== Benchmark return worth $20? billion ==


PSERS is a defined benefit retirement plan and has a large unfunded pension liability. (It’s another story as to how that happened.) Accountants forecast the future stream of payments PSERS will make over the lives of all their participants and then discount them to the present value using, in PSERS case, a real return rate of 4.5%. That rate calculates the total needed was $107 billion as of last June 30; PSERS had $58 billion and therefore was $49 billion short. That $107 billion is sensitive to the assumed discount rate used. The accountant’s report shows that one percentage point more – 5.5% real return – would slash $10 billion from the unfunded portion, and the 6.4% benchmark is another .9 percentage point. The benchmark is slashed by ~$20 billion if PSERS just matches its benchmark.


== Evidence: Can PSERS outperform? ==


PSERS is committed to an investment strategy geared to beating the returns it would obtain from a simple portfolio of stocks and bonds. We nesteggers don’t try to do this, but let’s ask again, “Will this strategy work?” I think the one can only conclude, “NO”. Here are the problems:


• There is no long-term data to set the expected return from certain of PSERS asset classes and therefore there is no overall expected return rate for the portfolio. This report lists its assets classes, and several of those  would throw me for a loop if I was trying to figure out the expected return: its asset classes: “risk parity” is 8% of assets; absolute return” is about 10% of its assets; commodities 8%; infrastructure 3% that is separate from real estate, “master limited partners” is 2%. If you can’t set a benchmark for the expected return rate for an asset class, you can’t possibly construct your overall expected return rate, and you can never judge how well your choices within each asset class are performing.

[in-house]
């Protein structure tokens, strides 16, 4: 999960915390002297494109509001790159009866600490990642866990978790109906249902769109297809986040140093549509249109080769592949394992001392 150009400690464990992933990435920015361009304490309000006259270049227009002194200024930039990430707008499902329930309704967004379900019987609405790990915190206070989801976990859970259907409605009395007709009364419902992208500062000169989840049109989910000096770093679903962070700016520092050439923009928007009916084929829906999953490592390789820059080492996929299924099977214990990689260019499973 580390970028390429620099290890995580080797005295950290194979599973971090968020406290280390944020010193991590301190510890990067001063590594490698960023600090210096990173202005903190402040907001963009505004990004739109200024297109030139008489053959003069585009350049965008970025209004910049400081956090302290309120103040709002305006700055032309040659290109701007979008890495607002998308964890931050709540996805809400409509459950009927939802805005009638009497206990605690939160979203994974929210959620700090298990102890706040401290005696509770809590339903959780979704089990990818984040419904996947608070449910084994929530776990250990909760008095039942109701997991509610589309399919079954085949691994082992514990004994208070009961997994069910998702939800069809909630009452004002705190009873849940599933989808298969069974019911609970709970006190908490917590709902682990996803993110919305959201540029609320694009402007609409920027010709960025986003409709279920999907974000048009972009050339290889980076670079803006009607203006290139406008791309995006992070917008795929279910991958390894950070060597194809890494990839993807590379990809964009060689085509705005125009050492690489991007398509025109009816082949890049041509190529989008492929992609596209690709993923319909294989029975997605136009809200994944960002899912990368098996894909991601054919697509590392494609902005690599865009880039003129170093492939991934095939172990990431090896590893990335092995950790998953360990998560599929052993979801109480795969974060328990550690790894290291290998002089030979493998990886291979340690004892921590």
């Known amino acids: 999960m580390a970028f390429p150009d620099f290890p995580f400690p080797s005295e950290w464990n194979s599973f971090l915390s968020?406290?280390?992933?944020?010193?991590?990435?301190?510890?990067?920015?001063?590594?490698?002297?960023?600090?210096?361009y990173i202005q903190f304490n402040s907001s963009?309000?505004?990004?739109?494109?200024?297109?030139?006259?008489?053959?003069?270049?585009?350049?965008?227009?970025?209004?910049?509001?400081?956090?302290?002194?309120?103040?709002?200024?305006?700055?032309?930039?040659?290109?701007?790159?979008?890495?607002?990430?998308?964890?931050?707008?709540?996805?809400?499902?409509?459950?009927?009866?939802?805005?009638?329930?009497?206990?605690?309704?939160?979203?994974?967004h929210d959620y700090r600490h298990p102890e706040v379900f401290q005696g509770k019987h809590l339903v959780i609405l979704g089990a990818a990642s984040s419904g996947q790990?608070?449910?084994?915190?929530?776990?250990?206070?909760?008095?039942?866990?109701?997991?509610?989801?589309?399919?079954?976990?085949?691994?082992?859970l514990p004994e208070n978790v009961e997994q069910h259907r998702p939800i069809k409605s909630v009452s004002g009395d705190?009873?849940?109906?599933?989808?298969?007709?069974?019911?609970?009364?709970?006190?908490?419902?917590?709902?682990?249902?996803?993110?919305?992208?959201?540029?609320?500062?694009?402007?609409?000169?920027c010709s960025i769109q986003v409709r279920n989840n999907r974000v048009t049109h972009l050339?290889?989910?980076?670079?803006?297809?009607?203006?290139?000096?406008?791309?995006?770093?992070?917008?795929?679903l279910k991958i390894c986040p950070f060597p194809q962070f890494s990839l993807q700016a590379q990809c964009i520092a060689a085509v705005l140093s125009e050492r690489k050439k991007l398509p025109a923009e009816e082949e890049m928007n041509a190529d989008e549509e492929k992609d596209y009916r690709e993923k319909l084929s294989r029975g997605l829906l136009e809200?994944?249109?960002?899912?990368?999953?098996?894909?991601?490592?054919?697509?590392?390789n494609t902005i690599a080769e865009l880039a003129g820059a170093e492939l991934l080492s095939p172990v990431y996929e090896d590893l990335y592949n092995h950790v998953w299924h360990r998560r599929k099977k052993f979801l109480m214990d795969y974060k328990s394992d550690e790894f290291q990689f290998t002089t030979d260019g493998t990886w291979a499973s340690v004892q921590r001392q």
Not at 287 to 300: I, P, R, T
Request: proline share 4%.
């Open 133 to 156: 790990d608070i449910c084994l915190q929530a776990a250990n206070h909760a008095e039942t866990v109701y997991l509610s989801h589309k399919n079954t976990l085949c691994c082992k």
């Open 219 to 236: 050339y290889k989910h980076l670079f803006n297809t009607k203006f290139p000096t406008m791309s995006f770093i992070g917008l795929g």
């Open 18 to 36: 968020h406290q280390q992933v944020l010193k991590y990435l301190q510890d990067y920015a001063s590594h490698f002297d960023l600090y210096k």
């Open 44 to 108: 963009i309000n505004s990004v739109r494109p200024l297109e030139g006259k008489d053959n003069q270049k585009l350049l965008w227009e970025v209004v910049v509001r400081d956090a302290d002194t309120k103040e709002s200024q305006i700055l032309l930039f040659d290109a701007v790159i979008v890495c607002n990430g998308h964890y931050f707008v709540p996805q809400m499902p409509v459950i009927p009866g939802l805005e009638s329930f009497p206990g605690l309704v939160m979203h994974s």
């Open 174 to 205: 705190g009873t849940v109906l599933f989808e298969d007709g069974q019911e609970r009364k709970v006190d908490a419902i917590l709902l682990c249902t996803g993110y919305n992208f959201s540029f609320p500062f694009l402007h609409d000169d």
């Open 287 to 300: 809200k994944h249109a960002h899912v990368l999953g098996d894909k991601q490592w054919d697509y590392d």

• The evidence from ten years of PSERS’ performance shouts, NO. Underperformance is consistent. There is no pattern – no hint, I’d say – to suggest the portfolio will outperform. If this were your portfolio, you’d stop and change direction. If you were on the investment committee for any investment fund, you’d stop and change direction.


• The evidence from the results of 705 college and university endowment funds loudly shouts, NO. These endowments have a lot of smart people trying to beat the performance of index funds. The recent report by NACUBO shows that the better of them – those at the 75th percentile of performance – lag the benchmark of index funds by 2.2 percentage points per year. That is just UGLY in my opinion.


The top (75th percentile) of endowments lag a simple benchmark by 2.2 percentage points/year over the past ten years.


It’s some sort of group-think for PSERS and all those endowments that results in their sticking with broken investment strategies.


PSERS has to get off its broken investment strategy. The start is that any new investments have to be invested in a portfolio that matches the benchmark. It may take years to unwind much of its illiquid investments, but that’s the only way to bring its fund back to health.



Conclusion. I was obsessed thinking about PSERS this week even though I wrote about it two weeks ago. A detailed comparison of PSERS’ performance shows it lags a simple-to-match benchmark of performance by 2.6 percentage points per year. That deficit is costly: a shortfall in what it could be now of perhaps $15 billion and what it could be in the future of another $20 billion. $35 billion. I see NO EVIDENCE to suggest that PSERS or 700 university or college endowment funds should be trying to beat simple benchmark that we nesteggers hit every year.